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# Implementation of SIBCs for the Boundary Integral Equation Method: High-Frequency Problems

DOI link for Implementation of SIBCs for the Boundary Integral Equation Method: High-Frequency Problems

Implementation of SIBCs for the Boundary Integral Equation Method: High-Frequency Problems book

# Implementation of SIBCs for the Boundary Integral Equation Method: High-Frequency Problems

DOI link for Implementation of SIBCs for the Boundary Integral Equation Method: High-Frequency Problems

Implementation of SIBCs for the Boundary Integral Equation Method: High-Frequency Problems book

## ABSTRACT

In Chapter 6, we have shown how the SIBC concept can be coupled with boundary integral equations to form an efﬁcient method of solution for low-frequency applications. The concepts developed are now extended to include high-frequency applications. We start, by reintroducing the displacement currents in Maxwell’s equations. This means that the basic derivations in Chapter 3, including the surface impedance functions must be generalized to take into account the displacement currents in Maxwell’s equations. Using the vector Green’s function we ﬁrst develop the electric ﬁeld integral equation (EFIE) and the magnetic ﬁeld integral equation (MFIE) representation of the ﬁelds based on the incident electric and magnetic ﬁelds. These equations are then coupled with the SIBCs previously developed to implement formulations of various orders of approximations in the time and frequency domains in a manner analogous to that in Chapter 6. The shift from low-frequency to high-frequency carries both advantages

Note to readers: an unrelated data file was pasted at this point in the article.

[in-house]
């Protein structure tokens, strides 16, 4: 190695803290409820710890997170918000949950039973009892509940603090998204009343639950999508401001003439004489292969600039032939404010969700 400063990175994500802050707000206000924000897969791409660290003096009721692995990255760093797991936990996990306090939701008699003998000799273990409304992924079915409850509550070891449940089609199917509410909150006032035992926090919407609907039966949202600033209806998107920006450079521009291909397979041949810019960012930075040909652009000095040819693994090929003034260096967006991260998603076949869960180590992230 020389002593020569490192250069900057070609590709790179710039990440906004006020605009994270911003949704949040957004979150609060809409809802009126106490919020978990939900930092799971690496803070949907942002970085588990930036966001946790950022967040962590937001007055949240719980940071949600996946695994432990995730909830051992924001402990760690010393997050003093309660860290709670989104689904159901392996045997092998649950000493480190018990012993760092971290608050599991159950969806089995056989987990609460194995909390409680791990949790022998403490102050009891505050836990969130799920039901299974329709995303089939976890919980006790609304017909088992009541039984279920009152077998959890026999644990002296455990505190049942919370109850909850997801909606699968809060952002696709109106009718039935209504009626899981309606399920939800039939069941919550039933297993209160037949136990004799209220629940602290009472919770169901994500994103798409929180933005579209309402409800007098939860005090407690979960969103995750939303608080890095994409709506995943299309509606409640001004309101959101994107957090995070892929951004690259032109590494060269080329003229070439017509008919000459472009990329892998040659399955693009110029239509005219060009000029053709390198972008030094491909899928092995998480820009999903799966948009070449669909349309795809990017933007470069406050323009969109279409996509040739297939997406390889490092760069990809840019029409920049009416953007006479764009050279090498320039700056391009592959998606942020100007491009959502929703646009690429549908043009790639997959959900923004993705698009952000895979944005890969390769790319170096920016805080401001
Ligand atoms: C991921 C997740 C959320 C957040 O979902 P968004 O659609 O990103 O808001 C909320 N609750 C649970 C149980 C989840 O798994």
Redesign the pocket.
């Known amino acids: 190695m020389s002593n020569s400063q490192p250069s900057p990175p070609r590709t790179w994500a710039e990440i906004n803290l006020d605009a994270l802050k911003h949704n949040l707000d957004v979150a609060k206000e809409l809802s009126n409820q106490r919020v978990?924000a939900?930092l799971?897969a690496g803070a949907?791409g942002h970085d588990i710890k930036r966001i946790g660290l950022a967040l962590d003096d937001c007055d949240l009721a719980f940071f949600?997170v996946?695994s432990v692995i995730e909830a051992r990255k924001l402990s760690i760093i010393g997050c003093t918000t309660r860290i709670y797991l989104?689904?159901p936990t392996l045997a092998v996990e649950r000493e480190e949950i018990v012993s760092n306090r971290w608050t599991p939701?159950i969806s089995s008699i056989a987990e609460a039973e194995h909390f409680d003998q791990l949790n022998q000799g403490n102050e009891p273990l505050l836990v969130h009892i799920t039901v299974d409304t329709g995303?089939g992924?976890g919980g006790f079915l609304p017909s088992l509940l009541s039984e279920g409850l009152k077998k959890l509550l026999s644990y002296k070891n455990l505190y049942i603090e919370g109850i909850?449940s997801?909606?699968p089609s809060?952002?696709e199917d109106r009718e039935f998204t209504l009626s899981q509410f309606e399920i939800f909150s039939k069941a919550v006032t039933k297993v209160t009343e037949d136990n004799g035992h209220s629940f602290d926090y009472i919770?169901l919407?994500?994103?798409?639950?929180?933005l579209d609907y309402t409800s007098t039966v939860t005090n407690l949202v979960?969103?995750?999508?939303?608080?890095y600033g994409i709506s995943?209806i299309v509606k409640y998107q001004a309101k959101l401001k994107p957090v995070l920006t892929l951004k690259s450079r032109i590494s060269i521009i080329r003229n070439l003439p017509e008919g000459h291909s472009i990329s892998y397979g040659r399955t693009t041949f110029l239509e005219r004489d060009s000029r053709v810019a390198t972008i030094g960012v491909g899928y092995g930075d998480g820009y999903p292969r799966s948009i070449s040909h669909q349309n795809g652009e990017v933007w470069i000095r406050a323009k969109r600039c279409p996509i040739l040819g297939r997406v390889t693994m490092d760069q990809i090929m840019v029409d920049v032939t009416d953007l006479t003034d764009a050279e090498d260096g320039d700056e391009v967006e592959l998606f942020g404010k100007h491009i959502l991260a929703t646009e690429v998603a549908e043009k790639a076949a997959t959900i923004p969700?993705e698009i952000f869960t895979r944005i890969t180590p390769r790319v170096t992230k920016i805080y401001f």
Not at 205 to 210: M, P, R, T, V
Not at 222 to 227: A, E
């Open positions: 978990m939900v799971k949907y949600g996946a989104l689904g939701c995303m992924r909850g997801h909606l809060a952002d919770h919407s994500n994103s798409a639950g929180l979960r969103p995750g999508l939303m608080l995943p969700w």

and penalties. Of course, in conductors, the skin depths tend to be thinner, resulting in more accurate representation of ﬁelds. In that sense, one of the main differences is that at high frequencies, it is also possible to treat lossy dielectrics-that is, the surface impedance may now be applied at the interfaces between lossy dielectrics and dielectrics (such as free space). On the other hand, the introduction of displacement currents in Maxwell’s equations results in negation of one of the most important of the advantages we found in the low-frequency transient representation-that of separation of variables. We saw in Chapter 6 that the variables in the surface impedance function given in Equations 3.82 through 3.84 admitted separation into time and space variables only by neglecting displacement currents and treating each term of Equations 3.82 through 3.84 independently. In the high-frequency case we cannot do that and the time convolution integrals cannot be precomputed and tabulated in advance. Yet, direct computation of the convolution integral in the time-domain integral equations is impractical due to the large computational time and storage requirements. To mitigate this difﬁculty we also include a discussion of methods for efﬁcient

implementation of the time convolution integrals in the formulations. More speciﬁcally, we show in Appendix 7.A.1 how Prony’s method may be incorporated to approximate the impedance by decaying exponentials and by doing so we arrive at a simple recursive evaluation of the convolution integrals. As in previous chapters we use an example to illustrate the theory developed. In this case, the problem of scattering from a cylinder is used as an example.